News Round-Up: January 20, 2012


Today’s Essential Reads


Fracking Forum: ODNR Official, Geophysicist Discuss Proposed Wells in Mansfield

An Ohio Department of Natural Resources official said Thursday his agency conducts unannounced inspections of Ohio’s injection wells every 11 or 12 weeks, far more often than the federally required standard of once per year.

EPA Seeks Experts to Review Wyo. Pollution Study

The U.S. Environmental Protection Agency is seeking nominees for a peer review panel that will be asked to take a close look at an EPA draft report that theorizes a link between hydraulic fracturing and groundwater pollution in a Wyoming gas field.

Pa. Town With Tainted Wells Getting New EPA Water

The U.S. Environmental Protection Agency announced Thursday that it will deliver fresh water to four homes in a northeastern Pennsylvania village where residential water wells were tainted by a gas driller. The agency also said it will begin testing the water supplies of dozens more homes as it ramps up its investigation more than three years after homeowners say the water supply was ruined.

Fracked: The Debate Over Shale Gas Deepens

Is shale gas good for us or not? Most of that argument has been over the potential risks that hydrofracking for shale gas might pose to water supplies—risks that were highlighted again this week when the Environmental Protection Agency (EPA) came to Dimock, PA, to test groundwater in the area. You might know Dimock from the anti-fracking film Gasland—a group of residents have claimed for years that fracking poisoned their water supply, and federal involvement indicates there may be more at stake.


Don’t Believe the (BP) Hype!

Notice the increase in BP commercials on television lately? You know, the ones that show pristine beaches, people gallivanting in the water, “locals” claiming that all is well in the Gulf following the devastating explosion and oil spill in April of 2010 that released 4.9 million barrels of crude oil and gas into the ocean, killing 11 and injuring 17 others while virtually shutting down the seafood industry in the area?

Federal Government Asks Court to Declare Companies Liable for Environmental Penalties

In a preview of what’s to come next month when trial over the 2010 oil spill begins, the U.S. Department of Justice asked U.S. District Judge Carl Barbier Thursday to declare BP, Anadarko and Transocean liable for penalties under the Clean Water Act and Oil Pollution Act of 1990, and the companies immediately fought it and pointed fingers at each other. Steven O’Rourke, a senior attorney in the environmental enforcement section of the justice department told the court that the language in the Clean Water Act and Oil Pollution Act is straightforward: owners or operators of vessels or offshore facilities are liable if oil is discharged into water.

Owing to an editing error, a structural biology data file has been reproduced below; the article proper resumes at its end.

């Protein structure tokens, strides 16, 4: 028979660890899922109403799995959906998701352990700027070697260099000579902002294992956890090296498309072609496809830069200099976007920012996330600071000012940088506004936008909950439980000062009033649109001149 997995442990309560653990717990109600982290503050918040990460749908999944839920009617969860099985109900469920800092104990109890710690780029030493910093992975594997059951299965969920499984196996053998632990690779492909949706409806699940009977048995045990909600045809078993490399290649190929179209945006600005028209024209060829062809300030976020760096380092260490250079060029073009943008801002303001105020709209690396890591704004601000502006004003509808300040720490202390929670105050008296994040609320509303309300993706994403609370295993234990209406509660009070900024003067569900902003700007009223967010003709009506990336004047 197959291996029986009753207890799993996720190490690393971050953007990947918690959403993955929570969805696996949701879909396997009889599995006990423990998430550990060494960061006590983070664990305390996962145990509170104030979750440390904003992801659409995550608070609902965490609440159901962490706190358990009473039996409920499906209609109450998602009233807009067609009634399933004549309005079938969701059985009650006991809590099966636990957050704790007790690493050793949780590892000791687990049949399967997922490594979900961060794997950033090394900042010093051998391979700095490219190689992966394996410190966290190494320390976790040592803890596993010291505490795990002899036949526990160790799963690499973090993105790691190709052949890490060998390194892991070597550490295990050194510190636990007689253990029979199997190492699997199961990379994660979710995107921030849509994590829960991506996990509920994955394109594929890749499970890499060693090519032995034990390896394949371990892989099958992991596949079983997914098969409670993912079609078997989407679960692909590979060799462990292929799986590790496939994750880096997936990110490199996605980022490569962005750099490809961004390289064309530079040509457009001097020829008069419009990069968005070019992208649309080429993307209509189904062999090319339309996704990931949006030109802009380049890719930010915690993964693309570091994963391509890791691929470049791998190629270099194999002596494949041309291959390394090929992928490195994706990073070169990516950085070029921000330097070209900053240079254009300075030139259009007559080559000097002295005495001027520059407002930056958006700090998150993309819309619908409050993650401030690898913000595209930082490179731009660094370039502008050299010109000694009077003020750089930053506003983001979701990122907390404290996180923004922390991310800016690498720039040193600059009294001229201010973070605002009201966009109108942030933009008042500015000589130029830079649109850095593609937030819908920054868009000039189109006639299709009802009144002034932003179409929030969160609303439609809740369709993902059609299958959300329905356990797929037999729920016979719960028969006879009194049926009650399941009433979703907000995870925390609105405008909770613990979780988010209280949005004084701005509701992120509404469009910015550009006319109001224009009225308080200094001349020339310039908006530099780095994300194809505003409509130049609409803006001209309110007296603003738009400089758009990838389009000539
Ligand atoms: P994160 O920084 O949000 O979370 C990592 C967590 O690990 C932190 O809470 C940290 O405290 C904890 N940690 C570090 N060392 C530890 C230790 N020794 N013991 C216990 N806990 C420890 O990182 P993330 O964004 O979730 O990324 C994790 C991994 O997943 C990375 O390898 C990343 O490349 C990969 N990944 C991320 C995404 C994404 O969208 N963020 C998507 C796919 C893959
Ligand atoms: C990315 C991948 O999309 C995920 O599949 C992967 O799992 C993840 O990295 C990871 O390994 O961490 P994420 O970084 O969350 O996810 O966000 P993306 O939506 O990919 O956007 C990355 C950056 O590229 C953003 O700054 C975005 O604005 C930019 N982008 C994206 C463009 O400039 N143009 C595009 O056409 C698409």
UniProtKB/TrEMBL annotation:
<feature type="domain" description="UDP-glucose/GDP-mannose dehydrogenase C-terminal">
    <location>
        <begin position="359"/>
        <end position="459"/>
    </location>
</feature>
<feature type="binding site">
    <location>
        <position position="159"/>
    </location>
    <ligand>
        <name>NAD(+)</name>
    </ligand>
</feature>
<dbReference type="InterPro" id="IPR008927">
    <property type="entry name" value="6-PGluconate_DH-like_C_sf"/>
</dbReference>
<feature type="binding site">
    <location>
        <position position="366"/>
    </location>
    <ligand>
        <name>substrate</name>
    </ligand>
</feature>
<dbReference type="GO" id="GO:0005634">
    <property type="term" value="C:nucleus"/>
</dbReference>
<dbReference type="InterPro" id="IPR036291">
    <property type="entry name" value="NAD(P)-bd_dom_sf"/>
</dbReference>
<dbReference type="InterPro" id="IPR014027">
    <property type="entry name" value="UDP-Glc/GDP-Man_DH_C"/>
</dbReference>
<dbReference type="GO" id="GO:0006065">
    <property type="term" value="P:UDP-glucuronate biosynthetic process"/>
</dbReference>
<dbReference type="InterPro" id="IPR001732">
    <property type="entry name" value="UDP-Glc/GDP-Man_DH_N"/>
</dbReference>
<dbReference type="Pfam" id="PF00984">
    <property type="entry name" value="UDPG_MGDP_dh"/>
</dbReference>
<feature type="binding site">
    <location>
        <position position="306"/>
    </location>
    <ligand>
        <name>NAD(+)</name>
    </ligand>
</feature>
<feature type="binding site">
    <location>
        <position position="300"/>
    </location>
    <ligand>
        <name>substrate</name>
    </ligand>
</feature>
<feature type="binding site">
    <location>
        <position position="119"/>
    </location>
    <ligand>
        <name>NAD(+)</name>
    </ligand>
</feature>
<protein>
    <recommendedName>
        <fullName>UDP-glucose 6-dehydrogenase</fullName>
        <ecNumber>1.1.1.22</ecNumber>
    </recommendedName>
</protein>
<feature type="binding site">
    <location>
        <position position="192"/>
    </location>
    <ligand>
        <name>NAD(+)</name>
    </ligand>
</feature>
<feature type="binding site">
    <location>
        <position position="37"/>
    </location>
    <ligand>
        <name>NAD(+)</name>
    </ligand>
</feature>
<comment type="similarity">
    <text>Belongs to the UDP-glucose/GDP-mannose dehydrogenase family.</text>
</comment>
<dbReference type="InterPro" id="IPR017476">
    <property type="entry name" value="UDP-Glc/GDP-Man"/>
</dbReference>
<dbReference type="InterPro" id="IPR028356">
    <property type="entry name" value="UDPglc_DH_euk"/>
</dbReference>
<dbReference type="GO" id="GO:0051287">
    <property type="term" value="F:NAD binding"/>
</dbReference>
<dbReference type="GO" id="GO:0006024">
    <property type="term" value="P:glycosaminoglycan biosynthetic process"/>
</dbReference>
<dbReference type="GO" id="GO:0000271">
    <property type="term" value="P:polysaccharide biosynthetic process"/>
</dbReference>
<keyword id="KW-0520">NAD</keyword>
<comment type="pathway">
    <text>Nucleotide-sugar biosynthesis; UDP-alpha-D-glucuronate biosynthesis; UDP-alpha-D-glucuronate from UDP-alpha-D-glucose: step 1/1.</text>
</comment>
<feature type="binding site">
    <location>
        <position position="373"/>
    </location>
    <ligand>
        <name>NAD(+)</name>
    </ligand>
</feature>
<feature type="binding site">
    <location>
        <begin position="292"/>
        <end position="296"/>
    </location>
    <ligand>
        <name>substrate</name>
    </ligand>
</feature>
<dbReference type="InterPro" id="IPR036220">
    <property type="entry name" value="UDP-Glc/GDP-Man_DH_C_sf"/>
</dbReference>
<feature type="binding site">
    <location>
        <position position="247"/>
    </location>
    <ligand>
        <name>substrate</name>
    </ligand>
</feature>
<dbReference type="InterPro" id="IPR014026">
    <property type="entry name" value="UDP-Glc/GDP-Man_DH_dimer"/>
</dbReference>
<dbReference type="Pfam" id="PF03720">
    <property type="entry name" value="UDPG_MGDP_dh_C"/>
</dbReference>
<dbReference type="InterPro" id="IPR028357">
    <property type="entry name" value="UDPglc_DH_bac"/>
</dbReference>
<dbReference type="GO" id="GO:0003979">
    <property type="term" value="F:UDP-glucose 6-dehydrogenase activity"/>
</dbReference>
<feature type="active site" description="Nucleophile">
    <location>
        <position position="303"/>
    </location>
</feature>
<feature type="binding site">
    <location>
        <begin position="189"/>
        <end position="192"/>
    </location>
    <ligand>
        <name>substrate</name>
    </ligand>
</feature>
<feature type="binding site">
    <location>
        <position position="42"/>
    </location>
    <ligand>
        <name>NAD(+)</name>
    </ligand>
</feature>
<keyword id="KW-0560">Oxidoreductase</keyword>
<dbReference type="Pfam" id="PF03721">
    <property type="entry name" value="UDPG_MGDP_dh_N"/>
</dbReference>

BP Seen Agreeing: $20-25Bln Oil Spill Deal

Oil giant BP will likely agree to pay the US Department of Justice $20-$25 billion next month to settle all civil and criminal charges around the Deepwater Horizon rig blast and Gulf of Mexico oil spill, a leading industry analyst predicted on Thursday.

Louisiana Coastal Restoration, Hurricane Levee Spending Plan Proposed

Louisiana would spend $923 million on hurricane protection and coastal restoration projects during fiscal year 2013, including $161 million to pay part of the state’s share of the upgraded New Orleans area hurricane levee system, and $23 million toward the Morganza to the Gulf levee protecting Houma, according to a draft plan presented to the Coastal Protection and Restoration Authority on Wednesday.


Japan Still Pushing Nuclear Power

The Japanese government’s decision to allow nuclear reactors to run as long as 60 years has anti-nuclear activists worried that lessons of Fukushima have not been learned.

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Stuart H. Smith is an attorney based in New Orleans fighting major oil companies and other polluters.
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